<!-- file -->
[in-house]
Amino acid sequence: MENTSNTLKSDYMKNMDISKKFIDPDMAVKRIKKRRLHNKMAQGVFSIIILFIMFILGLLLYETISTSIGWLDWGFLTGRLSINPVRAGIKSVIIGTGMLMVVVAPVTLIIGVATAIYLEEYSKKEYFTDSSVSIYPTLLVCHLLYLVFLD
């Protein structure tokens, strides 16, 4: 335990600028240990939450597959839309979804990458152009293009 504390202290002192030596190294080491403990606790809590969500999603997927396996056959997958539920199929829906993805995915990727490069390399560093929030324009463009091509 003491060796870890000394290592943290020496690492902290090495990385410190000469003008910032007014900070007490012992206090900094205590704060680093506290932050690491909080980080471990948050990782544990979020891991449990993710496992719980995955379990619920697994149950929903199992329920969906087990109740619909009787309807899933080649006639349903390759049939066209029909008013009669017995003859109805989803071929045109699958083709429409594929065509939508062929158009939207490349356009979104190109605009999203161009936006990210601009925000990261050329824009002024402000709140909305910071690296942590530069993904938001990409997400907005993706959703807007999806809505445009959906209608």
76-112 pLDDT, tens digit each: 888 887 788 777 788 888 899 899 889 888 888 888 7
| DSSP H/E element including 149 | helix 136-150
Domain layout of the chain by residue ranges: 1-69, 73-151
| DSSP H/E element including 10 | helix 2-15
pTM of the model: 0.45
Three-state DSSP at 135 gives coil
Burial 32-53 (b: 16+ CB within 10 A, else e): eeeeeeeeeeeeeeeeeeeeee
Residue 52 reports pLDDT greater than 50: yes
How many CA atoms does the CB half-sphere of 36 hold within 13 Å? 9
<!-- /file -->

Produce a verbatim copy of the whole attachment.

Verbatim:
[in-house]
Amino acid sequence: MENTSNTLKSDYMKNMDISKKFIDPDMAVKRIKKRRLHNKMAQGVFSIIILFIMFILGLLLYETISTSIGWLDWGFLTGRLSINPVRAGIKSVIIGTGMLMVVVAPVTLIIGVATAIYLEEYSKKEYFTDSSVSIYPTLLVCHLLYLVFLD
């Protein structure tokens, strides 16, 4: 335990600028240990939450597959839309979804990458152009293009 504390202290002192030596190294080491403990606790809590969500999603997927396996056959997958539920199929829906993805995915990727490069390399560093929030324009463009091509 003491060796870890000394290592943290020496690492902290090495990385410190000469003008910032007014900070007490012992206090900094205590704060680093506290932050690491909080980080471990948050990782544990979020891991449990993710496992719980995955379990619920697994149950929903199992329920969906087990109740619909009787309807899933080649006639349903390759049939066209029909008013009669017995003859109805989803071929045109699958083709429409594929065509939508062929158009939207490349356009979104190109605009999203161009936006990210601009925000990261050329824009002024402000709140909305910071690296942590530069993904938001990409997400907005993706959703807007999806809505445009959906209608």
76-112 pLDDT, tens digit each: 888 887 788 777 788 888 899 899 889 888 888 888 7
| DSSP H/E element including 149 | helix 136-150
Domain layout of the chain by residue ranges: 1-69, 73-151
| DSSP H/E element including 10 | helix 2-15
pTM of the model: 0.45
Three-state DSSP at 135 gives coil
Burial 32-53 (b: 16+ CB within 10 A, else e): eeeeeeeeeeeeeeeeeeeeee
Residue 52 reports pLDDT greater than 50: yes
How many CA atoms does the CB half-sphere of 36 hold within 13 Å? 9